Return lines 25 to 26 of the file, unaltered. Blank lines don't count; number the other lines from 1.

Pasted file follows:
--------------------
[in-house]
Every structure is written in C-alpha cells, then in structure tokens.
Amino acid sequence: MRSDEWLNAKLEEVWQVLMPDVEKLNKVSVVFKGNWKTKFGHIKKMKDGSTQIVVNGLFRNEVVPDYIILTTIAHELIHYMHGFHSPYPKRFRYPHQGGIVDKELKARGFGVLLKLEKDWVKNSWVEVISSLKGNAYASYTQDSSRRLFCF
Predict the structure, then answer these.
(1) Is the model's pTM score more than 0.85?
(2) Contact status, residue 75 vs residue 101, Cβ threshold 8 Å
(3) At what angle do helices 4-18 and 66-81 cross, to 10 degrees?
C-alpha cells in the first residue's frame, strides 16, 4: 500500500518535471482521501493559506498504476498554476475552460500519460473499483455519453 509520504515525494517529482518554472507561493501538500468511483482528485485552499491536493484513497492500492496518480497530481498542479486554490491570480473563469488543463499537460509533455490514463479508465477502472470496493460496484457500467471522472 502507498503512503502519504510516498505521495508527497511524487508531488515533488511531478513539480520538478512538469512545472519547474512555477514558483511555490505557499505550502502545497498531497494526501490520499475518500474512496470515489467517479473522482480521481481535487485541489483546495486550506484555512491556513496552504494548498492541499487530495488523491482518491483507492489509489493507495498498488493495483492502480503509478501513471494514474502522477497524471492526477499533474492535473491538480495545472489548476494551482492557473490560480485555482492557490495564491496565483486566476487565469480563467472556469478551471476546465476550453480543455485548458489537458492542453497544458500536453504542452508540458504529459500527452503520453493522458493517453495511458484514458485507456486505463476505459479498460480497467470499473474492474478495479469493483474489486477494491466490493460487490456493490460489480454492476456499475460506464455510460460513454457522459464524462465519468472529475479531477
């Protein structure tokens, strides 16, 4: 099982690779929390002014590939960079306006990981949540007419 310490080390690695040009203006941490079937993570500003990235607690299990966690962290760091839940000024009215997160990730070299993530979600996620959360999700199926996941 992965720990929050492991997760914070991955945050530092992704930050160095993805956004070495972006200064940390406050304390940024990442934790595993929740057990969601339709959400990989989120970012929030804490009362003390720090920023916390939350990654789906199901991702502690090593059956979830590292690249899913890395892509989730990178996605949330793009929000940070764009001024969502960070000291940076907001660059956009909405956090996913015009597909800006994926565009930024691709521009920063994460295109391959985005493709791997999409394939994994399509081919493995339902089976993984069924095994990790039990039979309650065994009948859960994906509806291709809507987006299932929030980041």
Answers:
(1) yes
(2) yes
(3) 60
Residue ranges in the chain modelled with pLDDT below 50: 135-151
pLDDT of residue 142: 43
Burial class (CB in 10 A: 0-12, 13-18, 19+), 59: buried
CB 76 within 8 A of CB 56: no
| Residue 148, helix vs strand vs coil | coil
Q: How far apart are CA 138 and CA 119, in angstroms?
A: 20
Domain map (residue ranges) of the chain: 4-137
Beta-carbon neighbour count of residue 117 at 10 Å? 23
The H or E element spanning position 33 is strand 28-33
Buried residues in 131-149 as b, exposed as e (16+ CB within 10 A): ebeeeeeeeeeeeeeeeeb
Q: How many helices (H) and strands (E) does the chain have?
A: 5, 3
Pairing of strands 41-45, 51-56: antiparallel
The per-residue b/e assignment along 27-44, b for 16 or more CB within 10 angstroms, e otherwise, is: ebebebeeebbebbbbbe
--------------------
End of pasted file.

Q: How many helices (H) and strands (E) does the chain have?
A: 5, 3